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233 F.

2d 214

B. G. MURRAY, Administrator of the Estate of Henry Clyde


Adams, deceased, Appellant,
v.
ATLANTIC COAST LINE RAILROAD COMPANY,
Appellee.
No. 7151.

United States Court of Appeals Fourth Circuit.


Argued April 17, 1956.
Decided May 10, 1956.

Isaac C. Wright and Addison Hewlett, Jr., Wilmington, N.C., for


appellant.
L. J. Poisson, Jr., Wilmington, N.C. (H. E. Stacy, Lumberton, N.C., M. V.
Barnhill, Jr., Poisson, Campbell & Marshall, Wilmington, N.C., on the
brief), for appellee.
Before PARKER, Chief Judge, DOBIE, Circuit Judge, and HARRY E.
WATKINS, District Judge.
DOBIE, Circuit Judge.

B. G. Murray as administrator of the estate of Henry Clyde Adams, deceased,


brought a civil action against the Atlantic Coast Line Railroad Company
(hereinafter called Coast Line) in the United States District Court for the
Eastern District of North Carolina. This action under the Federal Employers'
Liability Act, 45 U.S.C.A. 51 et seq., was brought by Murray for the death of
Adams, his intestate, an employee of Coast Line, who was killed while working
for Coast Line as a member of its bridge crew repairing a bridge in Georgia
used in interstate commerce. The complaint alleged that the death of Adams
was caused by negligence on the part of Coast Line.

The District Judge directed a verdict in favor of Coast Line and entered
judgment in its behalf. Murray has appealed to us. The only issue on this appeal

is whether there was sufficient evidence to take to the jury the question of
Coast Line's negligence as a contributory cause of the death of Adams. We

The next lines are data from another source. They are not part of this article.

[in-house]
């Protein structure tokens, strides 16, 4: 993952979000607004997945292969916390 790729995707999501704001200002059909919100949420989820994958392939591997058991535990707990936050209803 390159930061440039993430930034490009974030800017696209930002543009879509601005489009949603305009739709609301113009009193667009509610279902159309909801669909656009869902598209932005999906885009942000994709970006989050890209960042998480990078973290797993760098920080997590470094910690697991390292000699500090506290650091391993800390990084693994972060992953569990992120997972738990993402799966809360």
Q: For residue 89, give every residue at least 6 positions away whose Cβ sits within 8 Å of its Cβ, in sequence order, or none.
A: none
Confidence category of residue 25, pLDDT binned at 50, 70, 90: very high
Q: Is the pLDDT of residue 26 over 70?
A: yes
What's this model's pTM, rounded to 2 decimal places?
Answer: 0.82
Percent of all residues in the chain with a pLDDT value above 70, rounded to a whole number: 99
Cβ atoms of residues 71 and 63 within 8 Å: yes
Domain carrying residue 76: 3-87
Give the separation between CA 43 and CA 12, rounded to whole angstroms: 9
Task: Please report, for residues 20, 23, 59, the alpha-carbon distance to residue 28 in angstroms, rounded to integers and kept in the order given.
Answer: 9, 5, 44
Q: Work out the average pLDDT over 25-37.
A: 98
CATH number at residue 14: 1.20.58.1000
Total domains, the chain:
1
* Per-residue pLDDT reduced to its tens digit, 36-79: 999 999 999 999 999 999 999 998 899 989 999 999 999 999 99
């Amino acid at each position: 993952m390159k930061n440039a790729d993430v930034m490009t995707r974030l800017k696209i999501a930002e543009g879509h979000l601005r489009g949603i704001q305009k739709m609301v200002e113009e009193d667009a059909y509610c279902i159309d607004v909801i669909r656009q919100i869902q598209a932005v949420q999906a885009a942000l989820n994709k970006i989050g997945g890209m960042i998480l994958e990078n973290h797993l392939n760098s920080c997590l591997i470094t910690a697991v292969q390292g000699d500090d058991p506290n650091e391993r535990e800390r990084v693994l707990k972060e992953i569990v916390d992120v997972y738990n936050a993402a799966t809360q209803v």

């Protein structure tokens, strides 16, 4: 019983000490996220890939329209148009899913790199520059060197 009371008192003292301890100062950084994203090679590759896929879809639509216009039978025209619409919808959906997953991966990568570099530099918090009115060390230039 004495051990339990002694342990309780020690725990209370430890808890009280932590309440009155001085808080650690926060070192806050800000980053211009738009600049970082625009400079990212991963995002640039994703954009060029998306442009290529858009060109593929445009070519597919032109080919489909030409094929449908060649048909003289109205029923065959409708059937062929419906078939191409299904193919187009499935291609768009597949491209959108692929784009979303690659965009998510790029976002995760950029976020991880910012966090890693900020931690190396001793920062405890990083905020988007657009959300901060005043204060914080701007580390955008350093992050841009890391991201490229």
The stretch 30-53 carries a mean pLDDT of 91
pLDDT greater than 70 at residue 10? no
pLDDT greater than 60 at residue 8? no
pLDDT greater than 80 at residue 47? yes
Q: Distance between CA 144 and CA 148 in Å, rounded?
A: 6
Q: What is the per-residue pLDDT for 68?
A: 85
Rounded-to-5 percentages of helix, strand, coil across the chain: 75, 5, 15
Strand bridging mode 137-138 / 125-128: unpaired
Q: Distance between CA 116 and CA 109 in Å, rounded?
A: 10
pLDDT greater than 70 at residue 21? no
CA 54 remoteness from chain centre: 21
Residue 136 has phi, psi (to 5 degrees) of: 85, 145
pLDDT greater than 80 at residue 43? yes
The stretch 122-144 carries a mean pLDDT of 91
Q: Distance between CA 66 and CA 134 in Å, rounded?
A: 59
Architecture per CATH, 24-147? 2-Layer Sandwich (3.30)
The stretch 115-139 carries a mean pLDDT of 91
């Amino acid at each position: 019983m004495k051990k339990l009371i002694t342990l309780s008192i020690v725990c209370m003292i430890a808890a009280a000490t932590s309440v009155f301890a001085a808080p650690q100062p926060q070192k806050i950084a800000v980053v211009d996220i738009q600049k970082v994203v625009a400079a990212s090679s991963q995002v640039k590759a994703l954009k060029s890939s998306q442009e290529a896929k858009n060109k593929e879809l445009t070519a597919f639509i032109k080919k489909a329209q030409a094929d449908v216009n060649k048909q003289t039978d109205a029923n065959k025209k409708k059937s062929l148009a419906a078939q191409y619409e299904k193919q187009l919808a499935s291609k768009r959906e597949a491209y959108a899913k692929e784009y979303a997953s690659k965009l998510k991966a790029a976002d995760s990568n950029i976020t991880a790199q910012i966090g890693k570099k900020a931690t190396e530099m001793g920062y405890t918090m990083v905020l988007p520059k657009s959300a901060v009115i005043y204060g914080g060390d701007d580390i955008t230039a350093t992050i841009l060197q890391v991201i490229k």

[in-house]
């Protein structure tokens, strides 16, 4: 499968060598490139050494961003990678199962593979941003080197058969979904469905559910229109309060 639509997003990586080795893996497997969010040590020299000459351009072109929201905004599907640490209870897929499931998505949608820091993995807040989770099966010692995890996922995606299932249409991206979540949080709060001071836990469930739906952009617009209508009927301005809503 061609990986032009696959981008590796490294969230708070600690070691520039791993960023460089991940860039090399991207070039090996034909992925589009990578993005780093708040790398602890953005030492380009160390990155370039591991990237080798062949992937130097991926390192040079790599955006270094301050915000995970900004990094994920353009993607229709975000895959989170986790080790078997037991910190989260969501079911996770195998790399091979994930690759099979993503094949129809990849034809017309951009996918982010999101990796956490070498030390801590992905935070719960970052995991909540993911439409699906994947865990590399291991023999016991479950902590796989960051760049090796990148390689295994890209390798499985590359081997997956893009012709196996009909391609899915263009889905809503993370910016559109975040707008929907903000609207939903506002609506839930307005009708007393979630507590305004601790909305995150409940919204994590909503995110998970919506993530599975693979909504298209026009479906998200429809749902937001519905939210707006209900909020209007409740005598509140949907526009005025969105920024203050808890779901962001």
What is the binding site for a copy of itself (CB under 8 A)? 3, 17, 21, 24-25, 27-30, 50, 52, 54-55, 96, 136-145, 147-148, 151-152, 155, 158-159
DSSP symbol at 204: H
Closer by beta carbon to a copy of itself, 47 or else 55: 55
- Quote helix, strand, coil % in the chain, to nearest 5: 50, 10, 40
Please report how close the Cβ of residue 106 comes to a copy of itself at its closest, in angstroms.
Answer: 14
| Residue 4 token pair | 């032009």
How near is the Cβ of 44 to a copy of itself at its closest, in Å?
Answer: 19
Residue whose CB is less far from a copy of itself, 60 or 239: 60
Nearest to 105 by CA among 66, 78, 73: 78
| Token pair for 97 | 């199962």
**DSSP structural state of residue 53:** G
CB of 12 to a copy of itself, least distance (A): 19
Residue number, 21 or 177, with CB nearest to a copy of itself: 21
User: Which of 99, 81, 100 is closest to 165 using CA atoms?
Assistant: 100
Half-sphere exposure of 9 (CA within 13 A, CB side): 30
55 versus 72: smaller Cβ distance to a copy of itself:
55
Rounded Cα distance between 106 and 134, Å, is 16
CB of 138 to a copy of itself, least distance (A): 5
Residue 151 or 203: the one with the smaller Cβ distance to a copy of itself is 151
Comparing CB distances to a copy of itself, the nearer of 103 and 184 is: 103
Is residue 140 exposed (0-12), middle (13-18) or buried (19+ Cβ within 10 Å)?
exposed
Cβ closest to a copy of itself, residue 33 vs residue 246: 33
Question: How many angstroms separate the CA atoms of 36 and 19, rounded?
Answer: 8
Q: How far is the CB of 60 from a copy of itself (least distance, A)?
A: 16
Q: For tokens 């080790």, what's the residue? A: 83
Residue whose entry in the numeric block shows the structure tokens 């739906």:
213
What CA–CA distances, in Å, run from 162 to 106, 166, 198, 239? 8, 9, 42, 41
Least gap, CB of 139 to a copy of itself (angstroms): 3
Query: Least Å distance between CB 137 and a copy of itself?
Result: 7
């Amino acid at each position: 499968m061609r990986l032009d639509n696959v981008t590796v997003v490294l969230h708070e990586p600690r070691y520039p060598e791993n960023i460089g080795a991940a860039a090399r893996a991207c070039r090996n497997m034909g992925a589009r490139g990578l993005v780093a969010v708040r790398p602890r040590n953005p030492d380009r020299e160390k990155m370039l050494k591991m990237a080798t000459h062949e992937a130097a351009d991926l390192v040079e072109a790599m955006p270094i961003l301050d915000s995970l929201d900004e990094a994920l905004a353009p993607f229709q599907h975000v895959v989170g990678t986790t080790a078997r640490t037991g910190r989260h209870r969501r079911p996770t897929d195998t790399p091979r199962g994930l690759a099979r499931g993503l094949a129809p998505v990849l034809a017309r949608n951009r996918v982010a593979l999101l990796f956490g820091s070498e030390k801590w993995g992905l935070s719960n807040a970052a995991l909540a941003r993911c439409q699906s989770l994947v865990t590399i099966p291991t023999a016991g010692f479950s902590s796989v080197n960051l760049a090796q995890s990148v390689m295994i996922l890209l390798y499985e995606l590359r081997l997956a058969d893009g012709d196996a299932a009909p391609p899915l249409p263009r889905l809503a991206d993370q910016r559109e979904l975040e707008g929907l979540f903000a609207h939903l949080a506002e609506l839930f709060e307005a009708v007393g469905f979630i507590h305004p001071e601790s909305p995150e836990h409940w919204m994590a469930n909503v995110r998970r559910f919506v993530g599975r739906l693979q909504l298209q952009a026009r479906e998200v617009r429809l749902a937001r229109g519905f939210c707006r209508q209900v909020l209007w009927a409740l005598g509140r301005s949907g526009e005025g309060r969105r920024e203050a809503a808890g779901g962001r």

think this question must be answered in the affirmative. Accordingly, the
judgment of the District Court must be reversed and a new trial granted.
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Adams was young and comparatively inexperienced in work of the kind upon
which he was engaged at the time of his death. His duties required him to walk
back and forth across the bridge. Just before his death, he had been working in
the Northern bay of the bridge, about 215 feet from the Southern end of the
bridge. Adams was killed either a few feet South of the bridge or on the trestle a
very short distance from its Southern end. The train that killed Adams was a
Northbound train, which had come out of a cut about 400 feet from the
Southern end of the bridge.

There was evidence in this case that Coast Line promulgated no general rules
for the safety of employees working on bridges and that the rules prescribed by
the foreman in charge of this particular job were inadequate, see Crew v. St.
Louis, K. & N.W. Ry. Co., C.C., 20 F. 87; that the engineer on the train failed
to keep a proper lookout; that a catwalk might have been constructed along
which the employees could have walked, which would have definitely
enhanced the safety of the employees' that the noise of the machinery made it
difficult for these employees to hear an approaching train, and that a proper
warning of the approaching train was not given to Adams. On all these points,
however, the evidence was conflicting.

Perhaps the most serious conflict in the evidence was as to just how and where
Adams met his death. According to the testimony of the engineer, Adams was
killed a few feet South of the bridge, when he walked into the side of the Diesel
engine. There was further evidence, particularly the blood stains on the bridge
and the place where the body of Adams was found, that Adams was struck by
the train on the bridge a few feet from the bridge's Southern end.

On this whole record, we think the court erred in taking the case from the jury.
See Tiller v. Atlantic Coast Line R. Co., 318 U.S. 54, 63 S.Ct. 444, 87 L.Ed.
610, reversing 4 Cir., 128 F.2d 420; 323 U.S. 574, 65 S.Ct. 421, 89 L.Ed. 465,
reversing 4 Cir., 142 F.2d 718; Smalls v. Atlantic Coast Line R. Co., 348 U.S.
946, 75 S.Ct. 439, 99 L.Ed. 740, in which the Supreme Court granted certiorari
and reversed without opinion 4 Cir., 216 F.2d 842. Certainly the facts in the
instant case are far more favorable to the plaintiff than were the facts in the
Smalls case.

The judgment of the District Court is reversed and the case is remanded to that

The judgment of the District Court is reversed and the case is remanded to that
court with instructions to grant a new trial.

Reversed and remanded.